England 1870 – 1935

The Hut at Cape Evans - after the sea ice went out 1911 Materials & Technique: photographs, brown carbon photograph enlargement using carbon tissue transfer process Support: card

Primary Insc: signed in ink lower right image HG Ponting
Dimensions: image 73.7 h x 56.8 w cm sheet 74.8 h x 58.0 w cm
Acknowledgement: Purchased 2009
Accession No: NGA 2009.924
  • Looking over to the Barne Glacier at noon in the fading daylight, this atmospheric image shows the now famous hut around which the legend of the Antarctic expedition revolves. Ross Island in McMurdo Sound is 100 miles south-east of where Mawson set up camp in Adelie Land. The men set up base camp there and Ponting, and the others who were not part of the push for the Pole, remained for fourteen months before sailing for home in February 1912. Their stores can be seen piled high next to the hut. Ponting had a well organised, though small darkroom. Scott left him free to photograph, not including him in the general work or exploratory sledging trips, though this meant that he was confined to photographing within the vicinity of the hut. During his time in Antarctica, he exposed around 2,000 photographic plates. In addition Ponting had made many cinematographic sequences which it was hoped, when pieced out with magic lantern slides, were to have been a key element in helping Scott tell his story on his return to raise funds to cover the cost of the expedition.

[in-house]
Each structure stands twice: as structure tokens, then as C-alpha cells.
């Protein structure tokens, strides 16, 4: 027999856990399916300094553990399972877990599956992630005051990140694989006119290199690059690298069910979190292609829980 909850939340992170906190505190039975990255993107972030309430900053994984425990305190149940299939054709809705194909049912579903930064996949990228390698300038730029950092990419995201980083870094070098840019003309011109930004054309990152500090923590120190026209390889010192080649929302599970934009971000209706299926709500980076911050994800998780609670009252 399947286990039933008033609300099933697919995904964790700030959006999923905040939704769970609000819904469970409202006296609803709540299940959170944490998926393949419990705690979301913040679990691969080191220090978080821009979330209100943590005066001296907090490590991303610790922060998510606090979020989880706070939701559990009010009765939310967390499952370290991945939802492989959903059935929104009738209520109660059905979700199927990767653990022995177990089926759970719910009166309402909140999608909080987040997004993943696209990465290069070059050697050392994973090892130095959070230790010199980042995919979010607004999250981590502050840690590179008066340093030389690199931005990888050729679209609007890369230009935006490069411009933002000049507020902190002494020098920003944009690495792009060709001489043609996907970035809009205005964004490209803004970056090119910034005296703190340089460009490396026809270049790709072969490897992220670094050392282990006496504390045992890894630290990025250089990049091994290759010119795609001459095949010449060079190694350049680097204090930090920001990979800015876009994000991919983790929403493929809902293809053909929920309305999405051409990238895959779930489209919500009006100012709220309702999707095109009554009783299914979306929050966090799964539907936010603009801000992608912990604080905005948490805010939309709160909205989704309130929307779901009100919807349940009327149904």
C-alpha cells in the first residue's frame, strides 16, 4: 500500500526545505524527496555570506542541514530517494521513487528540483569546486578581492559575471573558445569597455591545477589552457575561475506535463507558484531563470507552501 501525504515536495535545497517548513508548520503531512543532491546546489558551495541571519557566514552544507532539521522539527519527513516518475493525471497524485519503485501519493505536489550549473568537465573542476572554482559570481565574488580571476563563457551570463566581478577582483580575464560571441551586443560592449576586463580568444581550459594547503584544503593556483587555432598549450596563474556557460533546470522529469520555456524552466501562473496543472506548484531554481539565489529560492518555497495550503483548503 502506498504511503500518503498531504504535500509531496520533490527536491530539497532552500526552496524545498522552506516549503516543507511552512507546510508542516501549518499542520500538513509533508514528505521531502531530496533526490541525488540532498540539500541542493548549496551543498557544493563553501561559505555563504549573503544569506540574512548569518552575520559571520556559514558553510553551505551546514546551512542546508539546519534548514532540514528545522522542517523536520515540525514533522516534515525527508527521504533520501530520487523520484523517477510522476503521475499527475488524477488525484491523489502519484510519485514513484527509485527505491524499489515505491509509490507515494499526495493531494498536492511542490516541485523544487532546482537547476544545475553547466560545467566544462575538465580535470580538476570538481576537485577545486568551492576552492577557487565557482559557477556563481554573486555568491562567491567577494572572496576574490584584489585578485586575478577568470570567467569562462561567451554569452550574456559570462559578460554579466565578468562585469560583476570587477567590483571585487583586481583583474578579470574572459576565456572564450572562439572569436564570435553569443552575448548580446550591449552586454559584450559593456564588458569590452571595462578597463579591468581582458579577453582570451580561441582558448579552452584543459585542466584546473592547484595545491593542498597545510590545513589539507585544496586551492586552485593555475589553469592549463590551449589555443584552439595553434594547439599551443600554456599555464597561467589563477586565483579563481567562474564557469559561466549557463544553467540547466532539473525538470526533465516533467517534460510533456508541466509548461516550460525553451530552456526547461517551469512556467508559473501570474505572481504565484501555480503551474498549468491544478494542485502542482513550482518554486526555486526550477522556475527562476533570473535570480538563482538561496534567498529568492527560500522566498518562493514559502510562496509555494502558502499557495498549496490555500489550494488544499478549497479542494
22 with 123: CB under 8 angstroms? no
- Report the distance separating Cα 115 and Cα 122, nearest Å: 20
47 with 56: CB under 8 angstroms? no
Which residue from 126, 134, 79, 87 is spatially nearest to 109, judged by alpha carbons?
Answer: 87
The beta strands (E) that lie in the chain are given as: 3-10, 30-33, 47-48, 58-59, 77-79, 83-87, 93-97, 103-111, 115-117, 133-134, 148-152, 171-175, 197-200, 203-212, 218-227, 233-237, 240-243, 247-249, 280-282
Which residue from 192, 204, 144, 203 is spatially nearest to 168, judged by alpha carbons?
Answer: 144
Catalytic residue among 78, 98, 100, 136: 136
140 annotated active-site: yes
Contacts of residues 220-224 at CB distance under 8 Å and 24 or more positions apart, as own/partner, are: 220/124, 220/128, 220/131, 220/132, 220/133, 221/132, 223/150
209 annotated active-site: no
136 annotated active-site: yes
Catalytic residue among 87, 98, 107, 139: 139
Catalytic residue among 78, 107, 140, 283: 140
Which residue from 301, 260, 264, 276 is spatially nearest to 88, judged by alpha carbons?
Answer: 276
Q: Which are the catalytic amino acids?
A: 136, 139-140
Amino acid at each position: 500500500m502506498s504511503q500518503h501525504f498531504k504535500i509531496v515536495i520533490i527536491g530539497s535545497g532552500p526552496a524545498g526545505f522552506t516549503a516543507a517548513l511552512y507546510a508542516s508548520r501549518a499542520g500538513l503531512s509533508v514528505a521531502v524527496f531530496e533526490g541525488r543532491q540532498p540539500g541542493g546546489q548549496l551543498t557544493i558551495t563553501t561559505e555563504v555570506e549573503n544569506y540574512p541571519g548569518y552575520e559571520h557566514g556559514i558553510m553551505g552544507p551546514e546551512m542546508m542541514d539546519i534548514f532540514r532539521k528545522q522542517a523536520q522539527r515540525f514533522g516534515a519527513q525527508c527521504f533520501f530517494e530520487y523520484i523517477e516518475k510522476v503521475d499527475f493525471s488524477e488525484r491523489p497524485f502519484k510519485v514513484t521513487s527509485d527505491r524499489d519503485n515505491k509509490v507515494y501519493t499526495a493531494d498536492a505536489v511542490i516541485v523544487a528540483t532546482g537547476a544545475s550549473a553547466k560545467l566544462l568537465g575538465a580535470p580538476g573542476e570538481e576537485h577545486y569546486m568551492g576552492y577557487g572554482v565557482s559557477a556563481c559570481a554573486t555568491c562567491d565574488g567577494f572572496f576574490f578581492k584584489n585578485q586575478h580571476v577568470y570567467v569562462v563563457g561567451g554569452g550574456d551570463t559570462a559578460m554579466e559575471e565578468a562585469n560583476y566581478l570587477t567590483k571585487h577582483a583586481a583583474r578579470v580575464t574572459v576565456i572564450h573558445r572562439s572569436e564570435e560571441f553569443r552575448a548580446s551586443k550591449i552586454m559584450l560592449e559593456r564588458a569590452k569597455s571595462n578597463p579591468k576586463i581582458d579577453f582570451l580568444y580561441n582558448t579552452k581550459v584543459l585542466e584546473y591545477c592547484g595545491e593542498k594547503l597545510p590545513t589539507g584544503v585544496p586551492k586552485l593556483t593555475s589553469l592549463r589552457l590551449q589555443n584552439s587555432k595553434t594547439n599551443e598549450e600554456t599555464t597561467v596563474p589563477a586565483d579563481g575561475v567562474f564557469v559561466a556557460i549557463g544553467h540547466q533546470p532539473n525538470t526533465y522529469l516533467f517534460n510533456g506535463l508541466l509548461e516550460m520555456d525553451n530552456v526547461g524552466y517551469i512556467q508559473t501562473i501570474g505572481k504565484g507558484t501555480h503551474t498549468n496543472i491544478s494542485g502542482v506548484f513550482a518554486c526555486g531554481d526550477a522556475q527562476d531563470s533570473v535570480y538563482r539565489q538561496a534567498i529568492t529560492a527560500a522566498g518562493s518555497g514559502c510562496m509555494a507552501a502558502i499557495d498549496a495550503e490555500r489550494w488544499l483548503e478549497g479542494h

Text © National Gallery of Australia, Canberra